Hollywood loves sequels -- they're a safe bet if the franchise is already successful. But you'd have to be nuts to shoot a sequel to a disastrous flop.
The Napster debacle was the entertainment industry's biggest-ever flop. That disaster took place six years ago, when the record industry succeeded in shutting down the pioneering file-sharing service. Record companies show no signs of recovery.
The disastrous thing about Napster wasn't that it it existed, but rather that the record industry managed to kill it.
Napster had an industry-friendly business-model: raise venture capital, start charging for access to the service, and then pay billions of dollars to the record companies in exchange for licenses to their works. Yes, Napster kicked this plan off without getting permission from the record companies, but that's not so unusual. The record companies followed the same business plan a hundred years ago, when they started recording sheet music without permission, raising capital and garnering profits, and then working out a deal to pay the composers for the works they'd built their fortunes on.
Napster's plan was plausible. They had the fastest-adopted technology in the history of the world, garnering 52,000,000 users in 18 months -- more than had voted for either candidate in the preceding U.S. presidential election! -- and discovering, via surveys, that a sizable portion would happily pay between $10 and $15 a month for the service. What's more, Napster's architecture included a gatekeeper that could be used to lock out nonpaying users.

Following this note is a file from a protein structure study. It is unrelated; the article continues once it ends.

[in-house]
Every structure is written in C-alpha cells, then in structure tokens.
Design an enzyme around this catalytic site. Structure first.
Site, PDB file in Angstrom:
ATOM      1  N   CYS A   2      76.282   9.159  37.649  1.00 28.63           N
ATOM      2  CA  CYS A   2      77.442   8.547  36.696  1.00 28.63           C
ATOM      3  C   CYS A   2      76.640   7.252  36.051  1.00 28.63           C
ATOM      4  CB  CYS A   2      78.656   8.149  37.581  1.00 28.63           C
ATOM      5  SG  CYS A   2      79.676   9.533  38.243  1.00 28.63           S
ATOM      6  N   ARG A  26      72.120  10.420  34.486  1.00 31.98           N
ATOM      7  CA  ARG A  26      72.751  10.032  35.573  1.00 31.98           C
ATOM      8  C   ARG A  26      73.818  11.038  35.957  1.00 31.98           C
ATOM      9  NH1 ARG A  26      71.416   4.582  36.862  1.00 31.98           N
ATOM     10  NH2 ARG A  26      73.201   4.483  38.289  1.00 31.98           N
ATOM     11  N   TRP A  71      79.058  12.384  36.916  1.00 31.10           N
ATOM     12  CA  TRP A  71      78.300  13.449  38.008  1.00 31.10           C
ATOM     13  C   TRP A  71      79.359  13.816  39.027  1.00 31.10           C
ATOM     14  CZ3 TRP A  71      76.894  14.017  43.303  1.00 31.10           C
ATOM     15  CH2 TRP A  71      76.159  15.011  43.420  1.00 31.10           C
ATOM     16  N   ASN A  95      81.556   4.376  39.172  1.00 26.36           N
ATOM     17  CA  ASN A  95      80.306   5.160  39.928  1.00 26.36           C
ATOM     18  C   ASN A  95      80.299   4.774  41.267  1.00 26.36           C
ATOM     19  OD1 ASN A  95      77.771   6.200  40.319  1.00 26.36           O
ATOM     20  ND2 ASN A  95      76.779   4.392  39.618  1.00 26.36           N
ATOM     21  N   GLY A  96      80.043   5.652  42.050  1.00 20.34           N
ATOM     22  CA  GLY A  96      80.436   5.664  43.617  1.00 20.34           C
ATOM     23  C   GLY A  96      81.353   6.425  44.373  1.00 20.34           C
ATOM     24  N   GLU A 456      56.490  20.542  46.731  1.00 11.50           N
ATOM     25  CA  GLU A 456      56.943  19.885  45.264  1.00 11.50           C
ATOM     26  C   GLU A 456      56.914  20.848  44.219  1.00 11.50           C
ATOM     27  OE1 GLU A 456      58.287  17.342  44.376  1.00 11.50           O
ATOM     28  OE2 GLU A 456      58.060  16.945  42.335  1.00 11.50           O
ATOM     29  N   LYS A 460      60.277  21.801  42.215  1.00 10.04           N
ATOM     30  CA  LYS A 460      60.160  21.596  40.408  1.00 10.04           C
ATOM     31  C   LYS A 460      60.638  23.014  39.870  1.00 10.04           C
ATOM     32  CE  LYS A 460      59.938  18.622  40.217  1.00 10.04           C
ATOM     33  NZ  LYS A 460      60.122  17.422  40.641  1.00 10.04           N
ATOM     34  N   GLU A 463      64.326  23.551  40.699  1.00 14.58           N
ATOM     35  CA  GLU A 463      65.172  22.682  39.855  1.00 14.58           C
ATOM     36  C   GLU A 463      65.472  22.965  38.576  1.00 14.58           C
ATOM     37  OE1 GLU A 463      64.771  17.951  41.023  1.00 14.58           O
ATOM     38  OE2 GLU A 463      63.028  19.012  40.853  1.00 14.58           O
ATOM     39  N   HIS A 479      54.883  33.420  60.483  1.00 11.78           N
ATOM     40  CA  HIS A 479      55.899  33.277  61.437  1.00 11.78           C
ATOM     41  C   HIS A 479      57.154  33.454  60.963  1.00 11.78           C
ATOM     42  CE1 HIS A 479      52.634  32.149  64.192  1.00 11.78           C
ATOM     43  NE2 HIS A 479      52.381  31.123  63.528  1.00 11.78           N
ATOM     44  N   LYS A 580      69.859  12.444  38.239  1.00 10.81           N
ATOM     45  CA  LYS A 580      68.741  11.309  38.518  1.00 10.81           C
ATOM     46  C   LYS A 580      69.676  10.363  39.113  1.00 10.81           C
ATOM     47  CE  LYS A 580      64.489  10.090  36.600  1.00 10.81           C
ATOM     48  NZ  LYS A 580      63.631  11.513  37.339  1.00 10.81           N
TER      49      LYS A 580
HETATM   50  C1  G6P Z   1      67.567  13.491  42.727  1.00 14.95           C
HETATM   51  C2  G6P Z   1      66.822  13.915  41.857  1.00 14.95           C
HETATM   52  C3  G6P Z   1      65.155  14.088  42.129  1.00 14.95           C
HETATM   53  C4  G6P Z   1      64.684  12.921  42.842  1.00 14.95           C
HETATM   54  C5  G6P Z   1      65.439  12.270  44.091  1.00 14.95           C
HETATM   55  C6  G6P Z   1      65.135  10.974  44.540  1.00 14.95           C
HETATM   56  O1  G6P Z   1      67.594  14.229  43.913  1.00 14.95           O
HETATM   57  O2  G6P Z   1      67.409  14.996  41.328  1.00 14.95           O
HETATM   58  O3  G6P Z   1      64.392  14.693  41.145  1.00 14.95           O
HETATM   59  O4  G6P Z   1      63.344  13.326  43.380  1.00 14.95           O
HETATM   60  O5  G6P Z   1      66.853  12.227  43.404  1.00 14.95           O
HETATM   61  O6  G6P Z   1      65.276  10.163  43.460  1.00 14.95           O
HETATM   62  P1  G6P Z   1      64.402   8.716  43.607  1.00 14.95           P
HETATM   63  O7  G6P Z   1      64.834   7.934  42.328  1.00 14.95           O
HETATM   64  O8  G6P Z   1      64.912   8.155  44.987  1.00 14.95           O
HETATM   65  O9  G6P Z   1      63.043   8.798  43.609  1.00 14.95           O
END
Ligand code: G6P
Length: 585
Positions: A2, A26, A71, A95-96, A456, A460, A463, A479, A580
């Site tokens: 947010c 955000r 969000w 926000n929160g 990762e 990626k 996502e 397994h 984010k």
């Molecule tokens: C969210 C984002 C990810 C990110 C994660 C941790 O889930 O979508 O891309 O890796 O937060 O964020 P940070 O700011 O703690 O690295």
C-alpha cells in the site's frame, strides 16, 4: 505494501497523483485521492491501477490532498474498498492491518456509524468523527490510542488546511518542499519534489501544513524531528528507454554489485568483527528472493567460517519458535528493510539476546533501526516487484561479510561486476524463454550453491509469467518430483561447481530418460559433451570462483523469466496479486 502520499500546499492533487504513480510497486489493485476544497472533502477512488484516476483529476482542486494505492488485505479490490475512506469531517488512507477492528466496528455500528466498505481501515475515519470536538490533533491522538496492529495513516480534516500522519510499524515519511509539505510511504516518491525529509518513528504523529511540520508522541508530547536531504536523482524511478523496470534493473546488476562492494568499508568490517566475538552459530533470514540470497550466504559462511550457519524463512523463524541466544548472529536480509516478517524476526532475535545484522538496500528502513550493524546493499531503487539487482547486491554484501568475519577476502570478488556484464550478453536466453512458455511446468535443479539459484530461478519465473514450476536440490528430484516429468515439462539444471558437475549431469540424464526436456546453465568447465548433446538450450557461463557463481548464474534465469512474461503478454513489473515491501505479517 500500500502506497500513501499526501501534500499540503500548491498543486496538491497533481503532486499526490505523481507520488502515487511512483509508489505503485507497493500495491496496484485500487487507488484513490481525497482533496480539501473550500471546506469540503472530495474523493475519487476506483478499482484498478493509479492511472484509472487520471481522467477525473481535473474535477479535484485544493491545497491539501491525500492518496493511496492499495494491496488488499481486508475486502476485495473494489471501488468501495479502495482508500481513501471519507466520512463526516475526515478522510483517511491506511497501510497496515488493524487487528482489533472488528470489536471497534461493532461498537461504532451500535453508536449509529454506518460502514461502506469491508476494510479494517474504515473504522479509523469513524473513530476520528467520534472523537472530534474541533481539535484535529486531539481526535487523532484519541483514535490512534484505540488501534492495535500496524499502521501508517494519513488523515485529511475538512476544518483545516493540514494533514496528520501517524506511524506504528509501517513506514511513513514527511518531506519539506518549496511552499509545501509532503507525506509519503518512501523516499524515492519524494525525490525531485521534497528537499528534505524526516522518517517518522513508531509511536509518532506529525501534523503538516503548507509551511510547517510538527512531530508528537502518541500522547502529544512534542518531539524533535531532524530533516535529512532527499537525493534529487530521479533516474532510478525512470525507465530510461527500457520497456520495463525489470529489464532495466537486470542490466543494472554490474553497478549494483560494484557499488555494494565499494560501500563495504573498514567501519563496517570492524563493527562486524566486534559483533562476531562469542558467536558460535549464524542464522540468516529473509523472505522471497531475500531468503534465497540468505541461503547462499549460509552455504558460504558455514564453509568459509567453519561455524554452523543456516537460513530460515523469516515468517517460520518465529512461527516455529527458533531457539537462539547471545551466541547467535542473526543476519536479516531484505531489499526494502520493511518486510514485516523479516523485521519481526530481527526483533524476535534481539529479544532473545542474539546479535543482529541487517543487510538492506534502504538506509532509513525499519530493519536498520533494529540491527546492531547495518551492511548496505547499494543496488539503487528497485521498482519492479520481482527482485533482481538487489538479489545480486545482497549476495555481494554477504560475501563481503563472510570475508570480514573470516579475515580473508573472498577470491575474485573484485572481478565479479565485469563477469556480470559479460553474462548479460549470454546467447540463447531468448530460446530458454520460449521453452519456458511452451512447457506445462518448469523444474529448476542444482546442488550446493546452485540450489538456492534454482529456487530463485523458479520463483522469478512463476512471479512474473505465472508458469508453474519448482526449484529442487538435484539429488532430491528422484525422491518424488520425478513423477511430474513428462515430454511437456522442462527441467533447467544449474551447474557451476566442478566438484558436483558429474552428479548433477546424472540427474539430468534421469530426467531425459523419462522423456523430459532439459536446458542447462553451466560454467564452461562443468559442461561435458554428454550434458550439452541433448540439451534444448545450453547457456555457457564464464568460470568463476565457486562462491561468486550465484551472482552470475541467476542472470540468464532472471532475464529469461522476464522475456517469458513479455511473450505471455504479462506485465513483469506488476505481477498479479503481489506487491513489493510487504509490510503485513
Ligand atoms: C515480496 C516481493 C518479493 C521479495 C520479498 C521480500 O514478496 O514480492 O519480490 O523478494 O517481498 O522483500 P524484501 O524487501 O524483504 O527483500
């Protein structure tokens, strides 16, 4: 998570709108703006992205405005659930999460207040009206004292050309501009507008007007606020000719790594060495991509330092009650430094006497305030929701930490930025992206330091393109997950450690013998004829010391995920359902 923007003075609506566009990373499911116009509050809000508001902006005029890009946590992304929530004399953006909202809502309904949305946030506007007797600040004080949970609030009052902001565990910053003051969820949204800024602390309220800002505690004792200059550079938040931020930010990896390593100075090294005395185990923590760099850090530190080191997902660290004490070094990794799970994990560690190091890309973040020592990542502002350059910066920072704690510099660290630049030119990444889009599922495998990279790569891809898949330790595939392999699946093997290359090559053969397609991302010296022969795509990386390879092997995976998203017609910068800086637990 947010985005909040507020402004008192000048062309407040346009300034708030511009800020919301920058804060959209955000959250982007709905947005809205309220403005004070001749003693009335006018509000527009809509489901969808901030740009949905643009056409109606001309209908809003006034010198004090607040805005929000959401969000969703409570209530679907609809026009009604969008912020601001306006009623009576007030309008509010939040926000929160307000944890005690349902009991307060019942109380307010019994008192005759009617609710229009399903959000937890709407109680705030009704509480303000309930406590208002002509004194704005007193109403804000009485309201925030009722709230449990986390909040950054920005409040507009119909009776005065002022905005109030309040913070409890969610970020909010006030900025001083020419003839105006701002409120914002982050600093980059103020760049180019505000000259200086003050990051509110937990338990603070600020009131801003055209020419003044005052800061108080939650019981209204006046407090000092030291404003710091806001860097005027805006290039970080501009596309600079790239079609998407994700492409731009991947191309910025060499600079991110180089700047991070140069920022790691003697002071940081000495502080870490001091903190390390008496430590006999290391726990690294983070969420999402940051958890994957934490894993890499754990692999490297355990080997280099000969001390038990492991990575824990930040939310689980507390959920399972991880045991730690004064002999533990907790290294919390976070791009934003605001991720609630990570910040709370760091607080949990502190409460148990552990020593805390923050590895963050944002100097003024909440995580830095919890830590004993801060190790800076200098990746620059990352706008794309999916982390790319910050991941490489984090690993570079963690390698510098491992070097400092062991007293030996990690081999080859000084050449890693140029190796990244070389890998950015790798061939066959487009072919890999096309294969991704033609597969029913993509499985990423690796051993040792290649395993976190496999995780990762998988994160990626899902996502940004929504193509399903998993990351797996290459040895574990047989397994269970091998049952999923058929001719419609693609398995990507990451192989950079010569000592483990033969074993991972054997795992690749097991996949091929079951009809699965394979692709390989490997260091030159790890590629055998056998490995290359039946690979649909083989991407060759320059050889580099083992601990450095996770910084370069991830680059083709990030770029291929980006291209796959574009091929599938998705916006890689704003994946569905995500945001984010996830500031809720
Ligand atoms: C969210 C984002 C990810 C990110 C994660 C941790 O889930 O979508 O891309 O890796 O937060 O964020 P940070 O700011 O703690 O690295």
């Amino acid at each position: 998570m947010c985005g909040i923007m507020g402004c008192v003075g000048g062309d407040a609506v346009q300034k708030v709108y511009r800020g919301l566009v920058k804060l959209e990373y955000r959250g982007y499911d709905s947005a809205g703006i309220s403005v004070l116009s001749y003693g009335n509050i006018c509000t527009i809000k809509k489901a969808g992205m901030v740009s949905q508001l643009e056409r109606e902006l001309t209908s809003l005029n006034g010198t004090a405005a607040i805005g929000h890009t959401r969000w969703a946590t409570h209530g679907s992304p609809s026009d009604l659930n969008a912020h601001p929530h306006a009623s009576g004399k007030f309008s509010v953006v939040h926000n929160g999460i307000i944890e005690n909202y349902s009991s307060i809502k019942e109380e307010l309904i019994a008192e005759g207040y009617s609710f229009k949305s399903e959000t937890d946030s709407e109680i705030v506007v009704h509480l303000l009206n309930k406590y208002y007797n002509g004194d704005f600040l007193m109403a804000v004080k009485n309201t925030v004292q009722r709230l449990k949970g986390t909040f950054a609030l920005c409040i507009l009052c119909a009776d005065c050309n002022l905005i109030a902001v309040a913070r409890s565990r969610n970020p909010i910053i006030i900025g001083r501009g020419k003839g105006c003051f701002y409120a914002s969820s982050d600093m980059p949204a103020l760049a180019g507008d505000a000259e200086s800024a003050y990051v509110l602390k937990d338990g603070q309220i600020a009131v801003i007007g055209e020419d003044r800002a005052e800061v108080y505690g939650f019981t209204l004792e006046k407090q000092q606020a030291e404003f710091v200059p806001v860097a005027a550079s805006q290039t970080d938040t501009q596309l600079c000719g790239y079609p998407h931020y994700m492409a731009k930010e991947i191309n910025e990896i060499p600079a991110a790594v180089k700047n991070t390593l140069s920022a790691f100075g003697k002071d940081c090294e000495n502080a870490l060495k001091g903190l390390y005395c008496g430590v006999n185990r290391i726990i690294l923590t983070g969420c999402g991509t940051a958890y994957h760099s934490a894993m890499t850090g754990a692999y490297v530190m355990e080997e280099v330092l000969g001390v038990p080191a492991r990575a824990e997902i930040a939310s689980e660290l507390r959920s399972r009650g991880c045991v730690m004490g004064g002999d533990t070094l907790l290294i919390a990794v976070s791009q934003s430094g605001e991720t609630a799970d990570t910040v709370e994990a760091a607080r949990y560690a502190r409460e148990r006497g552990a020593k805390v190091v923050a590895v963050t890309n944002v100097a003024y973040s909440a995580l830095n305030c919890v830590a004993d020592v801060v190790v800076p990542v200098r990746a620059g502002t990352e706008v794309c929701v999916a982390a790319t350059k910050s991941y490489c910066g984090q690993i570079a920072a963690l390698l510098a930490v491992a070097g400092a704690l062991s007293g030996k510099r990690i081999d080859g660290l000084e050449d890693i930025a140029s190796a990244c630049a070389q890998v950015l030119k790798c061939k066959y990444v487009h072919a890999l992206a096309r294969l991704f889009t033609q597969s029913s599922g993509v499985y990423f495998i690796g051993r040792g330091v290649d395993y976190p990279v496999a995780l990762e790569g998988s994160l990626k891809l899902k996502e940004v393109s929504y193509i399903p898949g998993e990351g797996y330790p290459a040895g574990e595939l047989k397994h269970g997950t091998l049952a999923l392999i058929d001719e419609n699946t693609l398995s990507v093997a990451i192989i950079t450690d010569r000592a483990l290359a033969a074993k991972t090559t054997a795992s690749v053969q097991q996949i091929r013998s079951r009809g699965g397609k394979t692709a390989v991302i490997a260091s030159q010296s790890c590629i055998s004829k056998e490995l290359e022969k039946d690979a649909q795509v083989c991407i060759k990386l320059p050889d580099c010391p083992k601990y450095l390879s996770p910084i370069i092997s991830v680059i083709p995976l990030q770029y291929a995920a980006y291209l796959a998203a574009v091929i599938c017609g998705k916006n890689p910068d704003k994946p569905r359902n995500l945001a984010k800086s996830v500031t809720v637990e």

The record industry refused to deal. Instead, it sued, bringing Napster to its knees. Bertelsmann bought Napster out of the ensuing bankruptcy. Later, Universal followed the same patttern when it killed MP3.com in the courts, then brought home the corpse on the cheap, running it as an internal project.
After that, the record companies had a field day: practically every venture-funded P2P company went down, and the record companies made millions of dollars.
But the record companies weren't ready to replace these services with equally compelling alternatives. Instead, they fielded inferior replacements like PressPlay, with limited catalog, high prices, and anti-copying technology (digital rights management, or DRM) that alienated users by the millions by treating them like crooks instead of customers. These half-baked ventures did untold damage to the record companies and their parent firms.
Just look at Sony: It should have been at the top of the heap. It produces some of the world's finest, best-designed electronics. It owns one of the largest record labels in the world. The synergy should have been incredible.